Potential. Winter 2016

Garden season 2016 was an ascendancy of landscape projects completed and some still in the works for 2017.  Successful and fulfilling none the less.  In all, it’s befitting to quote the words of Ralph Waldo Emerson: “To laugh often and much; To win the respect of intelligent people and the affection of children; To earn the appreciation of honest critics and endure the betrayal of false friends; To appreciate beauty, to find the best in others; To leave the world a bit better whether by a healthy child, a garden patch, or a redeemed social condition, To know even one life has breathed easier because you have lived.  This is to have succeeded.”  Many garden patches made and renovations underway, we were blessed with another extended Michigan growing season.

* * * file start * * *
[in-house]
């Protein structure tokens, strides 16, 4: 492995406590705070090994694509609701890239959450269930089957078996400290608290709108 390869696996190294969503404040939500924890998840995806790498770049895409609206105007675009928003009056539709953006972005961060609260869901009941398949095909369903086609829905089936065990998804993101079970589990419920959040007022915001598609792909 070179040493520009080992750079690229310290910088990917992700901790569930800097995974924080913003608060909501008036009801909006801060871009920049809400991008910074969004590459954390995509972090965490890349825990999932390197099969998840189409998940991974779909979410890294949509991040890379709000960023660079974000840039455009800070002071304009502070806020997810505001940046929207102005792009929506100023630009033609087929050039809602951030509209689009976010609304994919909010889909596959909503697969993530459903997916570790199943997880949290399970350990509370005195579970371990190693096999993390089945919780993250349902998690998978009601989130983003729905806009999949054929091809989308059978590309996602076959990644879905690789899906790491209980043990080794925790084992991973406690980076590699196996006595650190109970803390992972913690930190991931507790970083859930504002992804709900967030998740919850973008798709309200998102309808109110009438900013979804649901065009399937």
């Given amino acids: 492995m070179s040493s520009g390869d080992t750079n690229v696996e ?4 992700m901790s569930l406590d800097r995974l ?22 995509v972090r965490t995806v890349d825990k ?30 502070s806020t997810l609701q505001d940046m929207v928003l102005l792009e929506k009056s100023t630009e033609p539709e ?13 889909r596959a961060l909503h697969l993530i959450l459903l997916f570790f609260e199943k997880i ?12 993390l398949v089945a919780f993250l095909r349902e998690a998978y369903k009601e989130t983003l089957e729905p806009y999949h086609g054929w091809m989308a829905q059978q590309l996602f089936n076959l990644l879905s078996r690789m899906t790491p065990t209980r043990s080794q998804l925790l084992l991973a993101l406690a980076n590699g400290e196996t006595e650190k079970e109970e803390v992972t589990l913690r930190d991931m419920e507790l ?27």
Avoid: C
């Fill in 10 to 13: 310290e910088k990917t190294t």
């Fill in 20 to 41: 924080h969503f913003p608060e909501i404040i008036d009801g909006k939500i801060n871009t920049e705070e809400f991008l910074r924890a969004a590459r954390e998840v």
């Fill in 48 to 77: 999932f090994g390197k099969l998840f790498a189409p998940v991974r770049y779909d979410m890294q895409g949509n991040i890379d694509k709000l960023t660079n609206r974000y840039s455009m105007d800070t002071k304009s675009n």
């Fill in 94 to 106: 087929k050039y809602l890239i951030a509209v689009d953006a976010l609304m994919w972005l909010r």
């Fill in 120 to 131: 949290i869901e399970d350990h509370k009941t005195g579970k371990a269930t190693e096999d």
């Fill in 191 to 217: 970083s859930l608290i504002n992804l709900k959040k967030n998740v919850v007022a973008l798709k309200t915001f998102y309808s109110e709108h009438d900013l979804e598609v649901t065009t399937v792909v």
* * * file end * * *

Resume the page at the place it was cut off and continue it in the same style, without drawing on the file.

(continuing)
Entering into the longest night of winter solstice in the northern hemisphere, those narcissus bulbs planted at the last of November will be a welcome sight come spring.  The first snowfall of the year arrived the day after on December 1st, enveloping the land in a gentle sleep of alabaster white.  It marks another season of change and transformation as symbolically seen in the image of a dragonfly perched atop a sculpture made for a garden I tend.  There it sat for hours, allured by the metallic sheen of refined elements and sunshine, warming it’s iridescent wings as it rested along its brief journey.  It gives a beacon hope that although the human journey may not always be easy, the road winding and shrouded in uncertainty at times,  the labored sorrows of stone will pave the way for new growth; there is always expectant optimism for next years success.  Spring 2017 will begin with the installation of a butterfly/pollinator way station, laden with asclepias ‘tuberosa’ and ‘ syriaca’, echinacea ‘purpea’, aster ‘purple dome’,  buddleia, and halos of solidago.  Anticipating the warmth of spring while being cradled in the dormant hope of winter.   I’m quite sure those daffodils will have had sufficient time to root.